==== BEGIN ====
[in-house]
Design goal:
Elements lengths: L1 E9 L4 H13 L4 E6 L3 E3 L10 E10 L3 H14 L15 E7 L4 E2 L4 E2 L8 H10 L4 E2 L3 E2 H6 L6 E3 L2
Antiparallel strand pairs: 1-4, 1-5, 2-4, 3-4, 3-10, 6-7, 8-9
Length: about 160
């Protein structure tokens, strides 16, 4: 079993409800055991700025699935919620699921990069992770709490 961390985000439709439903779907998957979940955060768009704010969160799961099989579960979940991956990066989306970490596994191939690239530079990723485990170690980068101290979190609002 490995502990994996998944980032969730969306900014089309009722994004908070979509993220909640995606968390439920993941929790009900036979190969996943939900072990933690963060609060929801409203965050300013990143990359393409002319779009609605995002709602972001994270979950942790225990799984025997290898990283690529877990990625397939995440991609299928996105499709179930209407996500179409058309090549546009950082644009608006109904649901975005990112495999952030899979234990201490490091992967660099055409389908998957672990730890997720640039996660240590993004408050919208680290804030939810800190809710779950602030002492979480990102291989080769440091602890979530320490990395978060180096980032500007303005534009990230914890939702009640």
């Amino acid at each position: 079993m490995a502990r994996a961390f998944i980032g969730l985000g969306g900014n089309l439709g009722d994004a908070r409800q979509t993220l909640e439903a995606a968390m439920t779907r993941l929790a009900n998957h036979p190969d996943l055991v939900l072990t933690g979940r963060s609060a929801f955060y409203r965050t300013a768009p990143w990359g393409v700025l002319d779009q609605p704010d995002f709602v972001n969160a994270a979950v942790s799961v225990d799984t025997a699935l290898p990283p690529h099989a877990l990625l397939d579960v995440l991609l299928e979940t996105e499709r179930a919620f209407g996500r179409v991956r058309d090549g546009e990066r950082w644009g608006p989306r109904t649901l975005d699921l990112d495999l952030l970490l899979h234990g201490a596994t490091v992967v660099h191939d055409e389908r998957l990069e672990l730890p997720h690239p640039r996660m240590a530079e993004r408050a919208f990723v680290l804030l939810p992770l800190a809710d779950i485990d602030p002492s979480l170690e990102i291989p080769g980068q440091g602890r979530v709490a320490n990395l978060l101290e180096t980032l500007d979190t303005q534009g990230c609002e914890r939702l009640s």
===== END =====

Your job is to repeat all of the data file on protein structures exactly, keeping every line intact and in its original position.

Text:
[in-house]
Design goal:
Elements lengths: L1 E9 L4 H13 L4 E6 L3 E3 L10 E10 L3 H14 L15 E7 L4 E2 L4 E2 L8 H10 L4 E2 L3 E2 H6 L6 E3 L2
Antiparallel strand pairs: 1-4, 1-5, 2-4, 3-4, 3-10, 6-7, 8-9
Length: about 160
């Protein structure tokens, strides 16, 4: 079993409800055991700025699935919620699921990069992770709490 961390985000439709439903779907998957979940955060768009704010969160799961099989579960979940991956990066989306970490596994191939690239530079990723485990170690980068101290979190609002 490995502990994996998944980032969730969306900014089309009722994004908070979509993220909640995606968390439920993941929790009900036979190969996943939900072990933690963060609060929801409203965050300013990143990359393409002319779009609605995002709602972001994270979950942790225990799984025997290898990283690529877990990625397939995440991609299928996105499709179930209407996500179409058309090549546009950082644009608006109904649901975005990112495999952030899979234990201490490091992967660099055409389908998957672990730890997720640039996660240590993004408050919208680290804030939810800190809710779950602030002492979480990102291989080769440091602890979530320490990395978060180096980032500007303005534009990230914890939702009640």
């Amino acid at each position: 079993m490995a502990r994996a961390f998944i980032g969730l985000g969306g900014n089309l439709g009722d994004a908070r409800q979509t993220l909640e439903a995606a968390m439920t779907r993941l929790a009900n998957h036979p190969d996943l055991v939900l072990t933690g979940r963060s609060a929801f955060y409203r965050t300013a768009p990143w990359g393409v700025l002319d779009q609605p704010d995002f709602v972001n969160a994270a979950v942790s799961v225990d799984t025997a699935l290898p990283p690529h099989a877990l990625l397939d579960v995440l991609l299928e979940t996105e499709r179930a919620f209407g996500r179409v991956r058309d090549g546009e990066r950082w644009g608006p989306r109904t649901l975005d699921l990112d495999l952030l970490l899979h234990g201490a596994t490091v992967v660099h191939d055409e389908r998957l990069e672990l730890p997720h690239p640039r996660m240590a530079e993004r408050a919208f990723v680290l804030l939810p992770l800190a809710d779950i485990d602030p002492s979480l170690e990102i291989p080769g980068q440091g602890r979530v709490a320490n990395l978060l101290e180096t980032l500007d979190t303005q534009g990230c609002e914890r939702l009640s």